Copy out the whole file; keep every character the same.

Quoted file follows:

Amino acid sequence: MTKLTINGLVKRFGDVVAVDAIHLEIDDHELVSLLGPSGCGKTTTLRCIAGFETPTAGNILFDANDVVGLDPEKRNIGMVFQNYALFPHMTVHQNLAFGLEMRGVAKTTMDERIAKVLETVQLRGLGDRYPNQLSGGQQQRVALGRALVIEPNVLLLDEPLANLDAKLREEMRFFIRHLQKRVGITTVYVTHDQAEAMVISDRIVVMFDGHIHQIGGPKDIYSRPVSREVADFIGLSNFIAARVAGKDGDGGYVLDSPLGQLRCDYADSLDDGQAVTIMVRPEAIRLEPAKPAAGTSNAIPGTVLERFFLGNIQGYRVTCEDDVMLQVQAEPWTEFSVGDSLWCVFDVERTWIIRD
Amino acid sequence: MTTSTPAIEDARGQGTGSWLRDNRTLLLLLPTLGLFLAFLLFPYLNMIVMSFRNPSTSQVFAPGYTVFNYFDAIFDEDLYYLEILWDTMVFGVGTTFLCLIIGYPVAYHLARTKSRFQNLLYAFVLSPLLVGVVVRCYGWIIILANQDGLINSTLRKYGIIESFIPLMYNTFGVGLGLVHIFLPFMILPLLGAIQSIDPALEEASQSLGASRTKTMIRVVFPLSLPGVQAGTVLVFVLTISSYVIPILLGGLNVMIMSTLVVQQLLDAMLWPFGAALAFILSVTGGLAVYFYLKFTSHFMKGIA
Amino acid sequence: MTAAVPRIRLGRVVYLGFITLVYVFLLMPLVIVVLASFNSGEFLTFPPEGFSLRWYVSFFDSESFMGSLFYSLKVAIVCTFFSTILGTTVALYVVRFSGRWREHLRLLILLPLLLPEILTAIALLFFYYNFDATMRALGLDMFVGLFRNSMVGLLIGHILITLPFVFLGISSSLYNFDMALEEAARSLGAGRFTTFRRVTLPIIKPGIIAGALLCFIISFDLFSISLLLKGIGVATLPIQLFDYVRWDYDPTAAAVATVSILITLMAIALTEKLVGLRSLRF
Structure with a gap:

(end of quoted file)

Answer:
Amino acid sequence: MTKLTINGLVKRFGDVVAVDAIHLEIDDHELVSLLGPSGCGKTTTLRCIAGFETPTAGNILFDANDVVGLDPEKRNIGMVFQNYALFPHMTVHQNLAFGLEMRGVAKTTMDERIAKVLETVQLRGLGDRYPNQLSGGQQQRVALGRALVIEPNVLLLDEPLANLDAKLREEMRFFIRHLQKRVGITTVYVTHDQAEAMVISDRIVVMFDGHIHQIGGPKDIYSRPVSREVADFIGLSNFIAARVAGKDGDGGYVLDSPLGQLRCDYADSLDDGQAVTIMVRPEAIRLEPAKPAAGTSNAIPGTVLERFFLGNIQGYRVTCEDDVMLQVQAEPWTEFSVGDSLWCVFDVERTWIIRD
Amino acid sequence: MTTSTPAIEDARGQGTGSWLRDNRTLLLLLPTLGLFLAFLLFPYLNMIVMSFRNPSTSQVFAPGYTVFNYFDAIFDEDLYYLEILWDTMVFGVGTTFLCLIIGYPVAYHLARTKSRFQNLLYAFVLSPLLVGVVVRCYGWIIILANQDGLINSTLRKYGIIESFIPLMYNTFGVGLGLVHIFLPFMILPLLGAIQSIDPALEEASQSLGASRTKTMIRVVFPLSLPGVQAGTVLVFVLTISSYVIPILLGGLNVMIMSTLVVQQLLDAMLWPFGAALAFILSVTGGLAVYFYLKFTSHFMKGIA
Amino acid sequence: MTAAVPRIRLGRVVYLGFITLVYVFLLMPLVIVVLASFNSGEFLTFPPEGFSLRWYVSFFDSESFMGSLFYSLKVAIVCTFFSTILGTTVALYVVRFSGRWREHLRLLILLPLLLPEILTAIALLFFYYNFDATMRALGLDMFVGLFRNSMVGLLIGHILITLPFVFLGISSSLYNFDMALEEAARSLGAGRFTTFRRVTLPIIKPGIIAGALLCFIISFDLFSISLLLKGIGVATLPIQLFDYVRWDYDPTAAAVATVSILITLMAIALTEKLVGLRSLRF
Structure with a gap: